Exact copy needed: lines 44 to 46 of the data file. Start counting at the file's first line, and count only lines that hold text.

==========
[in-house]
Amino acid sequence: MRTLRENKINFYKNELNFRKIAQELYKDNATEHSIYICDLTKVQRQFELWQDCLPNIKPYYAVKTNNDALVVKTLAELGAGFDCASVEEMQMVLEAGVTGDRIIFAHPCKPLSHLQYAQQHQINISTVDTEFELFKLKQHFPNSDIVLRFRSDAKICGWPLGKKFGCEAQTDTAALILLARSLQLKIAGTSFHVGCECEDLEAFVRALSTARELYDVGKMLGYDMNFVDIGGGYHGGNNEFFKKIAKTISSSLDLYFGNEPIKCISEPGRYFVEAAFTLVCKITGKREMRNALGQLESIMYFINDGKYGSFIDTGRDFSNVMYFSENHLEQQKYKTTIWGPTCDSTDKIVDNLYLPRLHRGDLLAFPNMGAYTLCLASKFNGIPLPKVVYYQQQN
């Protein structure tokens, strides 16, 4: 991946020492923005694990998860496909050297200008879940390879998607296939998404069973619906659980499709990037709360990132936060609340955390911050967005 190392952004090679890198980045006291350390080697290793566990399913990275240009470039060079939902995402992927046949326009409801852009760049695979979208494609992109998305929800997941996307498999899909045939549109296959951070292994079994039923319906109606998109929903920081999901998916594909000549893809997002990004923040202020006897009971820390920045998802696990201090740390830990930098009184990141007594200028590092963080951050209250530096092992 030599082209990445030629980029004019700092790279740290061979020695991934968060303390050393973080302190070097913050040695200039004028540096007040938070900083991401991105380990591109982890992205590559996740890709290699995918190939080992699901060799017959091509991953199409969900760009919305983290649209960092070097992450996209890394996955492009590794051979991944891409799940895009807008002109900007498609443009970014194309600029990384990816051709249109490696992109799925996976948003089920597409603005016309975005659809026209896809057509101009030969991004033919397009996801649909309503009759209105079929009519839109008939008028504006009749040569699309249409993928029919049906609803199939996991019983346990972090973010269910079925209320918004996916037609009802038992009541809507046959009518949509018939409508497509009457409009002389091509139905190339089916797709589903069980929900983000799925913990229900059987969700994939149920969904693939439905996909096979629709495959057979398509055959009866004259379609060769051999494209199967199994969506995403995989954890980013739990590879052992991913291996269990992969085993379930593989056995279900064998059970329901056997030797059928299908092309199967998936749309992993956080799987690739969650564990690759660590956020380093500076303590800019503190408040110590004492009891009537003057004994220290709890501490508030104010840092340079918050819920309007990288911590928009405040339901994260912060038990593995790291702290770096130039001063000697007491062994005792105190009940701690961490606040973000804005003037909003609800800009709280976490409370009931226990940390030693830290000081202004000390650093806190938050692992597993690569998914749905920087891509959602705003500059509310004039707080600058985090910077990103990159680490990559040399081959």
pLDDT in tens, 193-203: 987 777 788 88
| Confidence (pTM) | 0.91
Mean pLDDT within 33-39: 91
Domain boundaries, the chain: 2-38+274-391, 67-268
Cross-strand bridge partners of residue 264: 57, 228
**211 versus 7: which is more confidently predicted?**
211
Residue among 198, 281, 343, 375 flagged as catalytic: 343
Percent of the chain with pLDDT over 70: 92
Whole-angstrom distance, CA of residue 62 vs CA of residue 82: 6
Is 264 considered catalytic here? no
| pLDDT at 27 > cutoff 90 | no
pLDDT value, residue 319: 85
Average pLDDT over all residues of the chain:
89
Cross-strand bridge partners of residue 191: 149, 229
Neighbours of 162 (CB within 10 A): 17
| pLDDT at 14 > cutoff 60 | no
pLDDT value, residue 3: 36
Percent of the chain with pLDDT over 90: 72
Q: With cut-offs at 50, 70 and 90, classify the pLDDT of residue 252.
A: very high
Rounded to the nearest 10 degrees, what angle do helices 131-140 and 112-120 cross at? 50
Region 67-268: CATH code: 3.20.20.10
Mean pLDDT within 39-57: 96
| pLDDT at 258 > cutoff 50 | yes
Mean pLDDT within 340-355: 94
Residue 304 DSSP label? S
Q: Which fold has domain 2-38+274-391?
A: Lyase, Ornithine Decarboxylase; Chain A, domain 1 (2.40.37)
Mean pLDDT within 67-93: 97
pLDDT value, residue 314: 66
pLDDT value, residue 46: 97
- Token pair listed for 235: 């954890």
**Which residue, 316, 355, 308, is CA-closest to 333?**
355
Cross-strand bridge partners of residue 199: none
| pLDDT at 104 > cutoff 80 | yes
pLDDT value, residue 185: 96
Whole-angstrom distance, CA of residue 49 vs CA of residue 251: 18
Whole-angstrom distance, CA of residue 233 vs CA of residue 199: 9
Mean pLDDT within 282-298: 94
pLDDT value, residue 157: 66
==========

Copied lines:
Whole-angstrom distance, CA of residue 233 vs CA of residue 199: 9
Mean pLDDT within 282-298: 94
pLDDT value, residue 157: 66